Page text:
Auckland Arts Festival full of treats

Auckland Arts Festival 2018
March 1-25

The Auckland Arts Festival next year will feature a number of local and international acts including theatre, music, dance and the visual arts.

The festival’s new artistic director Jonathan Bielski has drawn on his international experience, to produce a programme that tells stories of communities, histories and cultures.

Of his inaugural festival, Mr Bielski says, “Auckland Arts Festival is the home for ambitious and compelling ideas that celebrate humanity and uplift the spirit. We champion the storyteller, the adventurer, the provocateur and the creator.

International Theatre
The major piece of international theatre is the adaptation of the George Orwell classic, 1984. Written by Duncan MacMillan and Robert Icke.

It is a retelling of the novel in which Orwell envisaged a totalitarian state where citizens were observed 24/7 which parallels contemporary concerns with the growth of CCTV, social media and devices which have the ability to track our movements.

Robert Lepage’s legendary lunar drama Far Side of the Moon, which Wellington audiences got to see in 2002, will make its Auckland debut. The brilliant, one-man show has been described as the magnum opus of the theatre mastermind and boasts a stunning soundtrack by Laurie Anderson.

NBR's review of the Wellington performance noted that it was “an enthralling journey through one man’s subjective universe to The Far Side of the Moon. The review noted that “The metaphor in the title is clear, just as the dark side of the moon is profoundly damaged by random celestial debris, the side of ourselves that we try to hide from, and hide from others, is deeply wounded by random human experience. And being human and narcissistic, casting ourselves at the centre of our solar systems – both as individuals and nations.”

Another one-man show explores a history of Australia in Jack Charles v The Crown. Australia is seen through the eyes of Uncle Jack Charles who was a member of the Stolen Generation, veteran actor, Aboriginal elder and activist, former inmate and heroin addict, film star and all-round legend.

Us/Them is a compelling and powerful play which tackles the Beslan school siege in Russia and tells the story from the point of view of two children tangled up in the terror.

New Zealand Theatre
Local theatre includes The Naked Samoans, in their stage performance The Naked Samoans Do Magic, the brainchild of the brilliant boys behind Bro’Town and internationally-acclaimed theatre company, The Conch.

After the death of a mysterious fan, the guys discover they are the inheritors of the keys to a rambling dilapidated villa in Ponsonby. With Auckland house prices skyrocketing and money to be made, the boys gather to sell it off and get on with their lives. But the house and who has left it to them are not what they seem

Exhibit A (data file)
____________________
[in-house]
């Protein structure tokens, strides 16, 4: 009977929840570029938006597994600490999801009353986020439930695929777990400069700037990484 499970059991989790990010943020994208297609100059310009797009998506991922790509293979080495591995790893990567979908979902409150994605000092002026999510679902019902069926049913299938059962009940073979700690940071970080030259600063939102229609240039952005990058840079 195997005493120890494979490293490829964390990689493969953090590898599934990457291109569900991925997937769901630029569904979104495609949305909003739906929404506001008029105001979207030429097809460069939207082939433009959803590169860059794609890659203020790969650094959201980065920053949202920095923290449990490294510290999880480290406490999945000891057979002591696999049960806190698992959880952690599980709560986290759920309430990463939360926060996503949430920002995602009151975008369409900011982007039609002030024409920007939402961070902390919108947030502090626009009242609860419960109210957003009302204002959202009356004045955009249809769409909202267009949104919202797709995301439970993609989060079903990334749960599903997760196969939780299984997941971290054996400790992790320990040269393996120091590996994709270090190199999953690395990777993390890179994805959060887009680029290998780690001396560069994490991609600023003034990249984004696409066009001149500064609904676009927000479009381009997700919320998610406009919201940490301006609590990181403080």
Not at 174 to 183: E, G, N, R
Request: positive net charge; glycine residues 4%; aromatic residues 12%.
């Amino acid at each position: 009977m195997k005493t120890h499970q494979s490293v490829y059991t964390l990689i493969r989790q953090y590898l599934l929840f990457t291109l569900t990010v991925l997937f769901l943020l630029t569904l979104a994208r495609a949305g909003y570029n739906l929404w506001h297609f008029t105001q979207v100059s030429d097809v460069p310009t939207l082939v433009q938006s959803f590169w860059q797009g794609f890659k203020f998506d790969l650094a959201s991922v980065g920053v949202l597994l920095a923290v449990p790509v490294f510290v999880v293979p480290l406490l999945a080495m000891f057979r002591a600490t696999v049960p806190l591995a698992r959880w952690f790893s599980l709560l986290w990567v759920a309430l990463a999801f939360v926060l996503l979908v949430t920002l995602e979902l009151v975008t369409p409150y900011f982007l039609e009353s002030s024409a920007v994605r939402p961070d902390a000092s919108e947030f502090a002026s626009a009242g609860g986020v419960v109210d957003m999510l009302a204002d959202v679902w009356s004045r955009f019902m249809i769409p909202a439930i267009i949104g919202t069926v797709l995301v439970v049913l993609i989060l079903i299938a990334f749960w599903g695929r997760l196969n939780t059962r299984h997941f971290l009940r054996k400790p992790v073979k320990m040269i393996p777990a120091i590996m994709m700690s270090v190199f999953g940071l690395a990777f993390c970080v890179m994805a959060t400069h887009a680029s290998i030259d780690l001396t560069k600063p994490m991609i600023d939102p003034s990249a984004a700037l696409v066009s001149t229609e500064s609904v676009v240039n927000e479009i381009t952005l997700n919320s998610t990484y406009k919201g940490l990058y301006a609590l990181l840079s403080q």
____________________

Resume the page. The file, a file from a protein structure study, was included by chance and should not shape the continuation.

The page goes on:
Auckland Theatre Company’s Still Life with Chickens is David Mamea’s new play, about a Samoan woman’s beguiling friendship with a chicken while Hone Kouka’s newest work, Bless The Child features eight lives and three worlds colliding.

Tea is an epic and sprawling new drama by New Zealand theatre-maker Ahi Karunaharan, which will take audiences on a journey into a Sri Lankan tea plantation and through the many stories lurking in its landscape. The lavish set will be designed by artist Tiffany Singh.

Eleanor Bishop and Julia Croft, have created a work which explores notions of female sexuality in the play Body Double. A recent Dominion Post review of the work at Bats Theatre in Wellington said, ‘Then the gritty reality of personal experiences kicks in and that all-encompassing topic of sex becomes the focus of the piece."

Through numerous devices such as projected images, use of handy cams and voiceovers, the two actors create fascinating images and telling moments that challenge and provoke, along with lots of humour to give relief from the intensity of the piece.

The major international dance work in 2018 is the English National Ballet's production of Giselle, which brings a team of nearly 100 people to New Zealand. The work which has received enormous critical praise is choreographed by Akram Khan who performed previously in New Zealand with Sylvie Guillem a decade ago in Wellington.

New Zealand dancer and choreographer Michael Parmenter will direct his first full-length contemporary dance work in a decade. OrphEus – a dance opera, which will be performed by The New Zealand Dance Company and accompanied by a suite of musical artists, including American star tenor Aaron Sheehan.

This year The Royal New Zealand Ballet will again be part of the festival with the first work in its season The Piano, choreographed by Czech choreographer Jiří Bubeníček. The work was inspired by the academy award-winning New Zealand film and features the original piano used in the film.